Cladding case study: Charred for a long life

Quentin used charred timber cladding on his own house in Victoria, along with Z600 galvanised steel for long life. Image: Nic Granleese
Quentin Irvine has been making and using charred timber cladding since 2015, both on his own house and for clients.

Quentin Irvine is an electronic engineer turned designer–builder, based in central Victoria, where he runs residential design and build company Inquire Invent. It’s his engineering background which has enabled him to add a sideline to his building business, making charred timber cladding for his own house (the Recyclable House, featured in ‘Cradle to Cradle’ in Sanctuary 44) and those of his clients.

The charred timber process comes from Japan, where it’s known as ‘yakisugi’ or ‘shou-sugi-ban’. Quentin first saw it used in a book by Japanese architect Terunobu Fujimori and was drawn to its “incredible look.” But his interest in it goes far beyond that: “It’s low in embodied energy, long lasting and sequesters carbon, but, above all else, it’s recyclable.”

With construction and demolition accounting for around 30% to 40% of Australia’s total waste, Quentin is on a quest to improve the recyclability of the buildings he constructs. “This type of cladding doesn’t require any glues or chemical finishes and we install it with stainless steel screws, so at the building’s end of life the timber can be cut up for biofuel and the screws reused to install a new batch of cladding or sold for recycling.”

Quentin and his company make the charred timber cladding using a machine he designed that’s fuelled by cladding offcuts with “a little bit of electricity (from solar).” They tried using a blow torch as shown on internet videos, but found that “incredibly slow and it used a hell of a lot of LPG.” He says that they are still net sequestering carbon: “Some of the timber is turned into CO2 during the burning process, but it’s only around 10% to 20% of the product that is going back to CO2.”

The lifespan of any timber product used for cladding will depend on the type of timber used, but Quentin notes that charring and oiling the timber can extend that life. He suggests the timber he uses (white cypress, Callitris glaucophylla) has a lifespan of about 40 years without any oiling or charring; “once charred, this life could be increased by as much as double according to some sources,” he says.

Oiling also helps the timber hold its char layer for longer. “Use an all-natural timber oil to keep it safe for recycling,” he says; they use a Bio Products decking oil.

Charred and oiled timber on another of Quentin’s projects (designed by Chiverton Architects), about 18 months after install.

Quentin sources Australian timber to avoid the transport miles and unknowns of overseas timber harvesting. The timber is selectively logged from Australian state forests with PEFC certification. [Ed note: FSC is the preferred certification.] He chose white cypress for its long life, but is doing tests with timbers that don’t come from state forests to improve sustainability. One of the timbers he’s testing is Cupressus macrocarpa, but this has a shorter lifespan of around 7 to 15 years, pre-charring.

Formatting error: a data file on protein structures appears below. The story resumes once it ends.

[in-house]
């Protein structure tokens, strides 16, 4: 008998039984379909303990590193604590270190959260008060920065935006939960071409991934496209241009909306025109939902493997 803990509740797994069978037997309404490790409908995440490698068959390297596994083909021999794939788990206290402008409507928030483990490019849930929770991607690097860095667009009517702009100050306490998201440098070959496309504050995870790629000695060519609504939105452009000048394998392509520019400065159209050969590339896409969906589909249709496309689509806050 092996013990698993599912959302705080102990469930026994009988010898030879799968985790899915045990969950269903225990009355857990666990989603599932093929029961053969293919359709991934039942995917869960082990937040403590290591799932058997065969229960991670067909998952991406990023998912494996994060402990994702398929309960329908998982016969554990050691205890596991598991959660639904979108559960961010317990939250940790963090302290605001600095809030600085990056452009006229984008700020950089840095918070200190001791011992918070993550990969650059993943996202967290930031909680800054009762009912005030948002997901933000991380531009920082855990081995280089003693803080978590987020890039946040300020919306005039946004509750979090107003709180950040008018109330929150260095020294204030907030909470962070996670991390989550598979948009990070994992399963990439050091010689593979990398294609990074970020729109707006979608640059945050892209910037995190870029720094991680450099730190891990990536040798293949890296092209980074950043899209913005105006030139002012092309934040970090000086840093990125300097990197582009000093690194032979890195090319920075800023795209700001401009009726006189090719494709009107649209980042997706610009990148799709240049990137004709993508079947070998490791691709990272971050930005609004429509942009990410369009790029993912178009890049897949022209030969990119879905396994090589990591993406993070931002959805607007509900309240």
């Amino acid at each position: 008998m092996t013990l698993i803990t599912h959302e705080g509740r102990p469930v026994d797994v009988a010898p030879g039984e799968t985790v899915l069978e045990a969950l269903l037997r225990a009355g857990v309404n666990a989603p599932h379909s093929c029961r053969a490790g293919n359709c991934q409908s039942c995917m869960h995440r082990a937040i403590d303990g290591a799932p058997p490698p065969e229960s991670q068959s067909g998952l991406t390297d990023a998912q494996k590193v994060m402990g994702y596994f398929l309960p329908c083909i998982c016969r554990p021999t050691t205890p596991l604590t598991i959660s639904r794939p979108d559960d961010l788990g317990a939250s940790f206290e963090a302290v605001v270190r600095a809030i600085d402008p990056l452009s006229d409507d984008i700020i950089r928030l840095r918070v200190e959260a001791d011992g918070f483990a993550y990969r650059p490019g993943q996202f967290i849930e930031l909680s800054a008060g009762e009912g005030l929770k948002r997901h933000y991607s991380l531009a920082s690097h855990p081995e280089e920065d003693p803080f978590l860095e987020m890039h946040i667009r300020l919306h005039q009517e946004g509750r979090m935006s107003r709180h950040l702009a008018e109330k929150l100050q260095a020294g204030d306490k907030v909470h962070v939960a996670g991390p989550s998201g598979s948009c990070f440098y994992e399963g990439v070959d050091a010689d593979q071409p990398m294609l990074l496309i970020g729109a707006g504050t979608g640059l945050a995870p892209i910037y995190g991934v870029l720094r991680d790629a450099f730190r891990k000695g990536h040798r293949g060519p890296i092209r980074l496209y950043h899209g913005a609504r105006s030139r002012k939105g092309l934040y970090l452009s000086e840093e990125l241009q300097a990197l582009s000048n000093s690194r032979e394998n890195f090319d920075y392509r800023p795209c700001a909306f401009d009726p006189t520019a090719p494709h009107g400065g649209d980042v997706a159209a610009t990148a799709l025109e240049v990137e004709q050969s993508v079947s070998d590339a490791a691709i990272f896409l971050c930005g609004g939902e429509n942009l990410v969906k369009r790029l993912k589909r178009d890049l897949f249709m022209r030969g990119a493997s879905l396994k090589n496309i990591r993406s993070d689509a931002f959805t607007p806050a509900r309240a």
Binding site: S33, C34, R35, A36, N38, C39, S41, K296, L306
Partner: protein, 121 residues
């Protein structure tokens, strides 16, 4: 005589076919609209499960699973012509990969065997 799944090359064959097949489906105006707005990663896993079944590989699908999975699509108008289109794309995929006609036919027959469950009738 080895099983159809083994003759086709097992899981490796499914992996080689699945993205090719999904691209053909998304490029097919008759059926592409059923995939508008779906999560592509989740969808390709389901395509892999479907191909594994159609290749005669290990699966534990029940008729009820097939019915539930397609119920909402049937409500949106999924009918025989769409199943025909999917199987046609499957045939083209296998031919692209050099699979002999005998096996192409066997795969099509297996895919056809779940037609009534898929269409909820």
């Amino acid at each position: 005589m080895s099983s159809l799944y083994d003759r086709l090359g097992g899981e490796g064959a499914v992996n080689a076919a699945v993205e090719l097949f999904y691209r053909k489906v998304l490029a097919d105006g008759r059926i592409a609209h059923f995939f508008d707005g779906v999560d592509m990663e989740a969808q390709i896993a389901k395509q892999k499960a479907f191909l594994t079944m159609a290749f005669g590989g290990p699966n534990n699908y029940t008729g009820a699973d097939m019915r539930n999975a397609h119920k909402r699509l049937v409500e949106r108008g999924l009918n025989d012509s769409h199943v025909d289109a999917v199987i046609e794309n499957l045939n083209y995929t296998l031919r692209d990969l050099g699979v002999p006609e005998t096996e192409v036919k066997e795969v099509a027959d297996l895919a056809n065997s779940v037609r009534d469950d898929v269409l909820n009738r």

There is natural variation in the timber as well as the depth of char and “you just need to embrace this natural aspect,” says Quentin. He adds: “But most people who see it for the first time are surprised at how consistent the effect is.” It also weathers at different rates: “You always get a few boards that react differently to the flame and have char fall off more quickly, but these areas soon ‘grey off’ and blend in.”

He recommends avoiding using it in areas where people could lean against it as the char will rub off onto clothes. “It’s better for a second storey or areas with garden beds providing some separation.” However, at his own house, they have it on the wall next to their timber deck and haven’t had any issues.

Being black, the cladding absorbs heat, so it can move more than other timbers. But, he says, installed in a board and batten style (as on their Beaufort house), the movement is not readily noticeable. He also mitigates the heat build-up (and therefore heat into the house) by installing it on battens which let air circulate behind.

Quentin suggests when selecting cladding, to consider not just the cost per square metre, but also the lifespan of the product and the cost of installation and maintenance—”the cost per square metre per year is the true cost!”

He gives some example cost ranges: “Charred timber cladding ranges from $80/m2 to $174/m2, supply only. This compares to cedar cladding at around $156/m2, supply only, but this would not last as long, around 15 to 40 years without a finish—although, similar to charred cladding, it doesn’t require painting and could be recyclable. Another comparison is pre-primed weatherboards which cost, say, $21/m2 to $26/m2, supply only, but these are high in embodied energy, usually coming from overseas, need two coats of paint and regular repainting, and they are not recyclable.”

Finally, Quentin says to bear in mind that not all charred timber on the market is the same: “Some companies are using the wrong timber which results in the char falling off excessively and rapidly, and many are applying a Cutek CD50 decking oil, rendering it unrecyclable.” He says, “We have visited manufacturers in Japan to make sure we are doing it right.”

This case study accompanied our cladding buyers guide in Renew 149. To read the guide, you can buy a copy of the issue online, find it on newsstands, or become a subscriber

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